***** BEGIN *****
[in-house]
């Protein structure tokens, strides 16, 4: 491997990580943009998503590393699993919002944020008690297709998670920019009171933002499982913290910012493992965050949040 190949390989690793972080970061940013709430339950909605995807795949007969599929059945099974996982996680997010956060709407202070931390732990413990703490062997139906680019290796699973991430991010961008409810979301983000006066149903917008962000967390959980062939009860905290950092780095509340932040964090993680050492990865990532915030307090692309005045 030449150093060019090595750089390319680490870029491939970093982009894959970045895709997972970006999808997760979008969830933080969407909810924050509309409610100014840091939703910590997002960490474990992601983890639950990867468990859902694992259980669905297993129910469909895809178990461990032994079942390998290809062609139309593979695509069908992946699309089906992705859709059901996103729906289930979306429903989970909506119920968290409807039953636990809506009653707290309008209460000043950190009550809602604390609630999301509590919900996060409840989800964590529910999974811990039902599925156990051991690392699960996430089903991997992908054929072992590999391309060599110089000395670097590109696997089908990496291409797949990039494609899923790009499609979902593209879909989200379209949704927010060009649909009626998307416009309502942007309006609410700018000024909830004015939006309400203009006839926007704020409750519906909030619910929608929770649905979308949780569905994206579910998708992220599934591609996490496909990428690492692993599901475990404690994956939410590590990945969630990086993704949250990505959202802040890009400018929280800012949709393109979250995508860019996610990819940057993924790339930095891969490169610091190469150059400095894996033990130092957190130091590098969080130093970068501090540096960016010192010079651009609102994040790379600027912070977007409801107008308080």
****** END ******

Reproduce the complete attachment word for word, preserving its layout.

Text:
[in-house]
């Protein structure tokens, strides 16, 4: 491997990580943009998503590393699993919002944020008690297709998670920019009171933002499982913290910012493992965050949040 190949390989690793972080970061940013709430339950909605995807795949007969599929059945099974996982996680997010956060709407202070931390732990413990703490062997139906680019290796699973991430991010961008409810979301983000006066149903917008962000967390959980062939009860905290950092780095509340932040964090993680050492990865990532915030307090692309005045 030449150093060019090595750089390319680490870029491939970093982009894959970045895709997972970006999808997760979008969830933080969407909810924050509309409610100014840091939703910590997002960490474990992601983890639950990867468990859902694992259980669905297993129910469909895809178990461990032994079942390998290809062609139309593979695509069908992946699309089906992705859709059901996103729906289930979306429903989970909506119920968290409807039953636990809506009653707290309008209460000043950190009550809602604390609630999301509590919900996060409840989800964590529910999974811990039902599925156990051991690392699960996430089903991997992908054929072992590999391309060599110089000395670097590109696997089908990496291409797949990039494609899923790009499609979902593209879909989200379209949704927010060009649909009626998307416009309502942007309006609410700018000024909830004015939006309400203009006839926007704020409750519906909030619910929608929770649905979308949780569905994206579910998708992220599934591609996490496909990428690492692993599901475990404690994956939410590590990945969630990086993704949250990505959202802040890009400018929280800012949709393109979250995508860019996610990819940057993924790339930095891969490169610091190469150059400095894996033990130092957190130091590098969080130093970068501090540096960016010192010079651009609102994040790379600027912070977007409801107008308080």